I’m hardly sure a musical monoculture would be much fun anyway—it’s crazy interesting now to compare foreign versions of Western styles and try to parse out the different influences. While Acrassicauda’s metal is pretty straightforward headbanging stuff, the Moroccan band Hoba Hoba Spirit begins “El Caid Motorhead” with the instantly recognizable riff from “Ace of Spades” but then drops in a rhythmically ornate vocal melody and a typically African call-and-response passage.
That you can go listen to either of these bands as soon as you’re done reading this column is a function of the Internet—as is the fact that groups in the Middle East and North Africa can keep up with American and European metal. In his new book, Heavy Metal Islam, where I first read about Hoba Hoba Spirit, Middle Eastern history expert and working musician Mark LeVine discusses the diffusion of metal, punk, and hip-hop into the Islamic world, pointing out that their spread has paralleled the spread of Internet access. Similar factors have allowed Africa to connect in real time with Western pop music, especially hip-hop. Hip-hop has been in Africa for almost 30 years, but today there are sites like africanhiphop.com and swahiliremix.com, where African MCs are already posting their own freestyles over Lil Wayne’s “A Milli.”
African hip-hoppers aren’t just recycling Western material, either. A nascent pan-African style—which combines local rhythms and melodies with elements of American rap, UK grime, and Jamaican dancehall—is finally starting to compete with imported American-made hip-hop. If you think the U.S. has a lock on the art of the summer banger, listen to Ali Kiba’s “Cinderella,” a heady froth of dancehall drums and orchestral stabs topped with Kiba’s acrobatic vocals, whose swoops, flourishes, and runs seem to have seriously panicked the studio’s Auto-Tune program. That track—not something by Lil Wayne or Mariah Carey—is the biggest thing in Tanzania right now.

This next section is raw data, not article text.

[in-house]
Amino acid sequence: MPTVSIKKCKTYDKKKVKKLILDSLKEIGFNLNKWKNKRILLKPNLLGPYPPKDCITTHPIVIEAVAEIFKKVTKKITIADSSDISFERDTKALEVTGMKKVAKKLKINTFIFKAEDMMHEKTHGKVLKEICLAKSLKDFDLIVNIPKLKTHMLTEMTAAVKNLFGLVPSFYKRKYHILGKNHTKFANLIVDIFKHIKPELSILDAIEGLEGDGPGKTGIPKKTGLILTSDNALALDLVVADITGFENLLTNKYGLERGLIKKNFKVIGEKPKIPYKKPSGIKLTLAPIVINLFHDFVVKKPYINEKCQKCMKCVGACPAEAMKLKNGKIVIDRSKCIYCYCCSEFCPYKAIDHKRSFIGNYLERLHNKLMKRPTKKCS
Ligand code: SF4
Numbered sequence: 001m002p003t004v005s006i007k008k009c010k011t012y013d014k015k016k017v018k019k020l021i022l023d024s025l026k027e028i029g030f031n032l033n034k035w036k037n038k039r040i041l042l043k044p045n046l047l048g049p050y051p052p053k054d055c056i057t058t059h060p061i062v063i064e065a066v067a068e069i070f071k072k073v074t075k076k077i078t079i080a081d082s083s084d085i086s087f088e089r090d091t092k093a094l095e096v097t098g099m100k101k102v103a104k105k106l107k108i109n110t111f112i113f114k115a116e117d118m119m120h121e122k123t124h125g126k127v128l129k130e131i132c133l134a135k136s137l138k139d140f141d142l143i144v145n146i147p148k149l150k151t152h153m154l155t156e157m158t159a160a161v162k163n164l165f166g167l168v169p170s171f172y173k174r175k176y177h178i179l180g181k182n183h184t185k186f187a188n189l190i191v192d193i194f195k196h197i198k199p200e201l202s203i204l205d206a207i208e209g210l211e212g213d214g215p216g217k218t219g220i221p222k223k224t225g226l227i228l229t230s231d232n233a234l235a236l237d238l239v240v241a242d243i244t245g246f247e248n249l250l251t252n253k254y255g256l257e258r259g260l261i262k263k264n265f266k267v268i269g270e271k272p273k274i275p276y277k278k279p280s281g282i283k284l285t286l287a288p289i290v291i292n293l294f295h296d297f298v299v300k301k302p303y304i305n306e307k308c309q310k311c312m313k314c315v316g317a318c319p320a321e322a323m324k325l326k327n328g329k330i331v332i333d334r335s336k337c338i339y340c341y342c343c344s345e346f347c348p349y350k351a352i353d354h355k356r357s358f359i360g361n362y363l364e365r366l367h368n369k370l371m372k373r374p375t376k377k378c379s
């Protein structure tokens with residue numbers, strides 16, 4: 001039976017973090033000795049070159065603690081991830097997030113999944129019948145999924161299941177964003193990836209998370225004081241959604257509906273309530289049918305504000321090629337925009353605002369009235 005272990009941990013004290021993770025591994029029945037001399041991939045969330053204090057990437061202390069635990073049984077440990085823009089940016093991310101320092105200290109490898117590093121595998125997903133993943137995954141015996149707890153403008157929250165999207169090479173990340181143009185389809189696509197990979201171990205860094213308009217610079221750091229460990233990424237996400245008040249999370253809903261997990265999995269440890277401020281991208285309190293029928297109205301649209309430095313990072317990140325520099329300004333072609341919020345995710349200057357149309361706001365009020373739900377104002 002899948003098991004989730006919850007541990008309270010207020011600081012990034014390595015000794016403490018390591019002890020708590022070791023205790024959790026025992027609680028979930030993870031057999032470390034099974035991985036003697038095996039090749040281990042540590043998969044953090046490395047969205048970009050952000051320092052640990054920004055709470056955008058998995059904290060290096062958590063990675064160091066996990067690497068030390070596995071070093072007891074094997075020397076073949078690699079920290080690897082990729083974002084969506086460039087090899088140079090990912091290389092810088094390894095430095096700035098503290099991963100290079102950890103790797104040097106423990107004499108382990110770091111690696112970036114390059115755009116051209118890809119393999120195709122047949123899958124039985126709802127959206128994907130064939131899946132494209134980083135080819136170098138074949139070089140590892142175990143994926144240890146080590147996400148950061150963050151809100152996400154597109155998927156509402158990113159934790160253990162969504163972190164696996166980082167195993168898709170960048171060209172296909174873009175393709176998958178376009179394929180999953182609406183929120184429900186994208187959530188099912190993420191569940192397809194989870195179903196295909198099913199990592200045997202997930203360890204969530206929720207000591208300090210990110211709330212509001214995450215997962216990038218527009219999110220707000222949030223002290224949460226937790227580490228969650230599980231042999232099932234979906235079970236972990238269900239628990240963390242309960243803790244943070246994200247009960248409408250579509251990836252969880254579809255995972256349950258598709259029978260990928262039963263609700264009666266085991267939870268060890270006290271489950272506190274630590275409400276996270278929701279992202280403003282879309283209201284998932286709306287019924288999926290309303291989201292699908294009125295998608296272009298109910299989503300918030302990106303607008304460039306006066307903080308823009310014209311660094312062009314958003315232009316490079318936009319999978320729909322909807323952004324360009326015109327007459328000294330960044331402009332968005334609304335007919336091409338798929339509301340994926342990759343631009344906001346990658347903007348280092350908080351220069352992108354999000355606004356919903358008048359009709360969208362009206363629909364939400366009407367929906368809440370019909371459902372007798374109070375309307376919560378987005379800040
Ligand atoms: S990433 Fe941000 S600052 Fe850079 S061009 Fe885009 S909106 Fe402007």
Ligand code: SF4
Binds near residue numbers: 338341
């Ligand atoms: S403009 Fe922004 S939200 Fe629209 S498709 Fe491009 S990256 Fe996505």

South African DJ/production duo Sweat.X make music that sounds like the global information collision happening 24-7 on the Internet—bits of recognizable stuff like electro, Miami bass, and house flash by, embedded in music whose rhythms, arrangements, and structures all color outside the lines of familiar Western club styles. The “EbonyIvorytron Mega Mix” is a disorienting combination of laid-back southern hip-hop boom and the kind of ADD glitchiness you usually hear way out on the experimental end of the dance spectrum, not from people trying to make floor fillers. Sweat.X have started to attract the attention of club-music bloggers in Europe and the States, but I have a feeling that most people learned about them the way I did—by stumbling onto their MySpace through the pages of their stateside friends, like Pase Rock and Daedelus.
“World music” has never been much more than a marketing term, and it’s always implied a one-way transaction—after all, your favorite rock bands don’t turn into “world music” just because someone in Dakar is listening to them. And now that so much of the planet is hooked up to the same grid as America, it’s a totally bankrupt concept. It’s ridiculous to call African hip-hop world music but not Western hip-hop, especially when artists like Missy Elliott, M.I.A., and even Fergie are borrowing sounds from abroad as liberally as the Africans do. The exchange of musical ideas between the West and the rest of the world is evolving into a genuine conversation, and that can only be an improvement. The Internet may be giving the music industry all kinds of fits, but it’s pretty great for the health of music itself.v